# Hedge Fund Strategies (8) – Basis Trading

In preparation for resuming our exploration of hedge fund trading strategies, we took a detour last time out to learn about bond futures and conversion factors, which are used in basis trading.  Basis trading is a form of fixed-income arbitrage that seeks to benefit from a change in the spread between a spot bond price and an adjusted futures price.  The formula for the basis is:

B = SP – (FP x CF)

where:

B is basis

SP is spot price of bond (clean)

FP is futures contract price (clean)

CF is conversion factor

Clean prices are ones in which the present value of future cash flows, such as interest payments, are not included in the price.  Normally, one purchases a bond at the dirty price, which includes such cash flows.

A bond basis trade is the simultaneous purchase and sale of a bond and a bond futures contract to capture a non-zero basis as profit.  It is also known as a cash-and-carry trade.  (There is an alternative method of achieving the same result using exchange of futures for physicals (EFP) which we’ll not discuss in this article).

The conversion factor is the key to a basis trade.  Here’s how it works:

• If the basis is negative, the bond spot price is less than the adjusted futures price. In this case, you would “buy the basis” by buying cash bonds and selling futures contracts. Say that the conversion factor on the 8 ¾ T-Bonds of 5/15/2017 is equal to 1.077. To buy \$100M of the basis, you purchase \$100M face value of the bonds and simultaneously sell 1,077 (= \$100M * (1.077 / \$100K) of bond futures.
• If the basis is positive, the bond spot price is greater than the adjusted futures price. Here you would “sell the basis” by selling cash bonds and buying futures contracts.  For instance, if the conversion factor on the 7 5/8 T-Bonds of 2/15/2005 equals .0960, then selling \$10M of the basis would require selling \$10M face of the bonds and buying 96 futures contracts.

To close out the trade, you need to purchase your short position and sell your long position.  If you compare the opening spread with the closing one, the difference is the change in basis during the holding period.  A narrowing spread favors the short position; a widening spread benefits the long.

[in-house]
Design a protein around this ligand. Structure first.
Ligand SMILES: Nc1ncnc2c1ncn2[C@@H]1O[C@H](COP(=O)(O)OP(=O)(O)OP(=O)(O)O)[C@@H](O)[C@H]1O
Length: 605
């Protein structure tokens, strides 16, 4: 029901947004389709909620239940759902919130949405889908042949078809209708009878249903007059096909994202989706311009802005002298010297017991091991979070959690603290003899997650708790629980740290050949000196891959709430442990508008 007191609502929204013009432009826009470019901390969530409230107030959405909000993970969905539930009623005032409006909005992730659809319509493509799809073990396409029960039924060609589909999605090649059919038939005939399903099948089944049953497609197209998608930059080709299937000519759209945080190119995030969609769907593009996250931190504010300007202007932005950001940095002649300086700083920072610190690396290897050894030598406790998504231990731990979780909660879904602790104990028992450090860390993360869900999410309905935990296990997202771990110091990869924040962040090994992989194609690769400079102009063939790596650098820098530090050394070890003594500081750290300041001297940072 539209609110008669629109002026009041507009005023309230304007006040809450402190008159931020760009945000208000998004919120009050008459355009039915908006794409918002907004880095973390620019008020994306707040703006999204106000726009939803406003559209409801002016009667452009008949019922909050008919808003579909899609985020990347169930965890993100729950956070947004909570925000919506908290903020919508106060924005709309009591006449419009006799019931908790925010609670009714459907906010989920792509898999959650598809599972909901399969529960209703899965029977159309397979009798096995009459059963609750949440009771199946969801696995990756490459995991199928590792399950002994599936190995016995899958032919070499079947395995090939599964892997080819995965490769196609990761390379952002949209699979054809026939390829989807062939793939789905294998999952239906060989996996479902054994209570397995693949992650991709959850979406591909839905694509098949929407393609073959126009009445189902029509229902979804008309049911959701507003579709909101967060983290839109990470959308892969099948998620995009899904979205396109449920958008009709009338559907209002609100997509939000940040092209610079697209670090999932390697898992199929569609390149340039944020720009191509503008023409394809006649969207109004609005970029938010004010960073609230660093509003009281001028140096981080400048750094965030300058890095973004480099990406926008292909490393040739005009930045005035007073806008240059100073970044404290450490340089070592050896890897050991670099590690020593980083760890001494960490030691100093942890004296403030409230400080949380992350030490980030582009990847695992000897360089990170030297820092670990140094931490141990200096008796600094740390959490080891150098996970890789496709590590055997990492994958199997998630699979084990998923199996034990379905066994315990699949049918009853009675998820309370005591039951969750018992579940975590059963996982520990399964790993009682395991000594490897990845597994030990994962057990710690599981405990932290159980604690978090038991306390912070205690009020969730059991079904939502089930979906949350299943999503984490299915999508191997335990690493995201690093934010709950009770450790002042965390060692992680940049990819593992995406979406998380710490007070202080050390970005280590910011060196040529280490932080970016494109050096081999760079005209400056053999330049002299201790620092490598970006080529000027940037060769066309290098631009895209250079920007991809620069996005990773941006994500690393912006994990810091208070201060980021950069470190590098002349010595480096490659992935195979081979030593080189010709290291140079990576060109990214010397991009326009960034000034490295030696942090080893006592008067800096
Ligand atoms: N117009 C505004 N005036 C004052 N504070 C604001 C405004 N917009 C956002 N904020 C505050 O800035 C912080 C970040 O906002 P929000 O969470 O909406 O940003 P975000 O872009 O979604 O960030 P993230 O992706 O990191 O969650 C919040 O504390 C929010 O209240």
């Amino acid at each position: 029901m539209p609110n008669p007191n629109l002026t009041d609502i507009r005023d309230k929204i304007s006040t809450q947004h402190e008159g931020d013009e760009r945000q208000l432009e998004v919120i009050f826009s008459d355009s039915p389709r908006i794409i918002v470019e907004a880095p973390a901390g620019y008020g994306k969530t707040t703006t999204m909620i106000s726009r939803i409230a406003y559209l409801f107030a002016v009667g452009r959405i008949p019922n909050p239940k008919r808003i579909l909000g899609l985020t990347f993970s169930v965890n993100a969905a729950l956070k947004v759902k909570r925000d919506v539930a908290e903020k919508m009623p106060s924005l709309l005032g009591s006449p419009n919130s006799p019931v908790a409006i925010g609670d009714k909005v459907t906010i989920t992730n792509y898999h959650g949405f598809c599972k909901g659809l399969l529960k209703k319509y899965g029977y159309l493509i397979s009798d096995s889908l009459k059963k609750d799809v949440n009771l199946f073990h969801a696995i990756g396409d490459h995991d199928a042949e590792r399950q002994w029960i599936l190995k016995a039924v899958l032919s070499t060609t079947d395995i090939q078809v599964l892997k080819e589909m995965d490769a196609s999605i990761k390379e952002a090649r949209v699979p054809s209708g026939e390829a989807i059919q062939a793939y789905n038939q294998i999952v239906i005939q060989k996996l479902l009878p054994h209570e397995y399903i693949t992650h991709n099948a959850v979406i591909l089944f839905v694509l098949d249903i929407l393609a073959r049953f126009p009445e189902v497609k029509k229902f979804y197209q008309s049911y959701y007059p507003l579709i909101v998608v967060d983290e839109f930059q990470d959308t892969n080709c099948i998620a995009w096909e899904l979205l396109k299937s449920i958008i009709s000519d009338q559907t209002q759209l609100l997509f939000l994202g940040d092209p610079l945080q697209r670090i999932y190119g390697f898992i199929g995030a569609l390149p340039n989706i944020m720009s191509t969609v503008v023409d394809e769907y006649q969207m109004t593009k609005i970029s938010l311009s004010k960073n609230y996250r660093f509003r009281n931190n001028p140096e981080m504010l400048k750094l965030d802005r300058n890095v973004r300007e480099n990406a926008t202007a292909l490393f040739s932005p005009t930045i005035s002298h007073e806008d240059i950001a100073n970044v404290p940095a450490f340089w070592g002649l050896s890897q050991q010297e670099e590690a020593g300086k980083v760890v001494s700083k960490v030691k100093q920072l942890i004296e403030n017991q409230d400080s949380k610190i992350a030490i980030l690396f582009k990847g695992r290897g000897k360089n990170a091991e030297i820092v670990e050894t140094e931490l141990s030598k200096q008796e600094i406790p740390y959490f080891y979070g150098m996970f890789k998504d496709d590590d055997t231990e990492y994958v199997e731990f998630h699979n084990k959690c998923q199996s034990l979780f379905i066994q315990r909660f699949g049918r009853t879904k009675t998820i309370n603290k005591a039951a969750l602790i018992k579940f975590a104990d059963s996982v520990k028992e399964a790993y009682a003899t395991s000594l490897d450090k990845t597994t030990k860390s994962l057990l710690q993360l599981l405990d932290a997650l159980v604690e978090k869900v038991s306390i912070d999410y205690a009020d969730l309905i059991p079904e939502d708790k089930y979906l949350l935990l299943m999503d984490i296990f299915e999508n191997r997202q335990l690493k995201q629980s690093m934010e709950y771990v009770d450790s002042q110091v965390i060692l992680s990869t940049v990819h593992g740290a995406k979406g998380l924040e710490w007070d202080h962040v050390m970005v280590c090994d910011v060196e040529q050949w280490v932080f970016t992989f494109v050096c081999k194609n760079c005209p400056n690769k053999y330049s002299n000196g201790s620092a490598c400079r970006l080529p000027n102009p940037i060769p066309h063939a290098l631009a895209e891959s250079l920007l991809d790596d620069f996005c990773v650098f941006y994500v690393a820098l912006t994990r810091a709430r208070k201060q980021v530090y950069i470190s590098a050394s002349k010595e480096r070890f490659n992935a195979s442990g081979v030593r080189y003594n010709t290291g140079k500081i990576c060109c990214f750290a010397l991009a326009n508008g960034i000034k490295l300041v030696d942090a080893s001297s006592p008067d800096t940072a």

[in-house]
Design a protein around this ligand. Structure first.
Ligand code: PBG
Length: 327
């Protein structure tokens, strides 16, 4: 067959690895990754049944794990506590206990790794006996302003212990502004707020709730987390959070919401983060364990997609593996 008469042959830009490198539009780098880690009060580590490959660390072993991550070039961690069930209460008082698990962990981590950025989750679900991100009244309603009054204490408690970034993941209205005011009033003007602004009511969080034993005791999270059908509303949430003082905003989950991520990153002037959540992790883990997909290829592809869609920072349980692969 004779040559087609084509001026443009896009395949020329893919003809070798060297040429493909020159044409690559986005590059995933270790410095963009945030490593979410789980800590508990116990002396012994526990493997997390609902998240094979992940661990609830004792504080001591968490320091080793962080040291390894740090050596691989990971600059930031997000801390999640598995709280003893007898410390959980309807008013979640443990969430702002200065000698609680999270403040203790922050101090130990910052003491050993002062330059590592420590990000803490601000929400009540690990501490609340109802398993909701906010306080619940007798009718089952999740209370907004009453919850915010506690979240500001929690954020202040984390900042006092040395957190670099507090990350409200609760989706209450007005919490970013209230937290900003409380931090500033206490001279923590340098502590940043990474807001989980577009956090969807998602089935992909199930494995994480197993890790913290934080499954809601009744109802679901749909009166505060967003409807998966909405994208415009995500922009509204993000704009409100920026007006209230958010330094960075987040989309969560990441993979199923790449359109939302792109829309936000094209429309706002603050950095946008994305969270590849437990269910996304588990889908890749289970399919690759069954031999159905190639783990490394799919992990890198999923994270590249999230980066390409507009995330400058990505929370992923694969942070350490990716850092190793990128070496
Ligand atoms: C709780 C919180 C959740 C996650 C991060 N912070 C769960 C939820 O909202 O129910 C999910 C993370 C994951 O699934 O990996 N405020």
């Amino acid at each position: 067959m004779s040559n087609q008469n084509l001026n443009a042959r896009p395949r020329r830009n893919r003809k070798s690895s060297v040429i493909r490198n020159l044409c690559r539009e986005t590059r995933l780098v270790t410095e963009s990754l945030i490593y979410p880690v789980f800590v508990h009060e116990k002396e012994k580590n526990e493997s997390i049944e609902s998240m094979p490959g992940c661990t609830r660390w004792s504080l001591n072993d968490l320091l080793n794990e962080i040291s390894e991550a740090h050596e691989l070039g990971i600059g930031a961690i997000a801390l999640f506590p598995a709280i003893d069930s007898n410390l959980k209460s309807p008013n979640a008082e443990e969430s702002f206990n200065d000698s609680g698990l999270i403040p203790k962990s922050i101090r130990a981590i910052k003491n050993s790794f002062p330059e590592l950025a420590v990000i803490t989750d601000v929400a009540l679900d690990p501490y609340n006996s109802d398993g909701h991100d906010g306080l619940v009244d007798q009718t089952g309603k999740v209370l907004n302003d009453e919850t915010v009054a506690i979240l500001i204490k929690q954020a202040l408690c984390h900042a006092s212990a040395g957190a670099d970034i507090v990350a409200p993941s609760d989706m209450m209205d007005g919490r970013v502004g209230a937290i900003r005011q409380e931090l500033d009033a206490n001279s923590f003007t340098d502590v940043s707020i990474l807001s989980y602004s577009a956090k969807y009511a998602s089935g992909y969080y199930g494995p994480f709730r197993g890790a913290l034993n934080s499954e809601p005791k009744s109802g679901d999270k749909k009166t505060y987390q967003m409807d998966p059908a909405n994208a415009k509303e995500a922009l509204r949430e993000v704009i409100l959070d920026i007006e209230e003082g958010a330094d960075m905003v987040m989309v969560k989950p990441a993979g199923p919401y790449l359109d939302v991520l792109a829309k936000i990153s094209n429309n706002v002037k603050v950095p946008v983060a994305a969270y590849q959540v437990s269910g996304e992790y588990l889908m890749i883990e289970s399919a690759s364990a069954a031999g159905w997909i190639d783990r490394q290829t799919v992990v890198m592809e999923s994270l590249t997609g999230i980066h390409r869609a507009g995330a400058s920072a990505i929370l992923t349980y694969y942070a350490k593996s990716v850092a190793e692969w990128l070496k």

If you think the spreads will narrow over time, you benefit from selling the expensive bonds and buying the cheap futures contracts if your prediction is correct.  The change in basis over time is the cash part of the trade. The carry portion consists of coupon payments less financing costs (at the repo rate) for the bond (including accrued interest).  You realize a profit if the sum of the cash and carry portions are positive.

Every 1/32 of a basis point is worth \$31.25; on a position of \$10M face, this equals \$3,125. Therefore, if a basis narrows by 2.6 basis points, the short position profits on the cash portion of the \$10M face trade by 2.6 * \$3,125 = \$8,125. As long as the short’s carry costs do not exceed \$8,125, he/she will pocket a profit.

The risk in a basis trade is that the basis will move in an unfriendly direction due to a change in the yield curve, and/or the repo rate will change to your disadvantage.  These changes are important because of the following reasons:

1)     If the repo rate decreases, or if the yield curve steepens, carry and basis increases

2)     A decrease in the bond’s yield relative to other deliverable bonds will increase the basis

3)     Bond duration can affect a bonds response to yield changes: the basis of a low-duration bond will tend to rise with bond yields, whereas the basis of a high-duration bond increases when bond yields fall.

4)     Volatility affects technical considerations involving the short’s strategic delivery options. A rise in volatility would tend to lower the futures price and raise bond basis.

There is extensive literature on basis trading, and interesting parties are urged to seek it out before embarking on any trading activity.

Our next topic will be asset swap trades.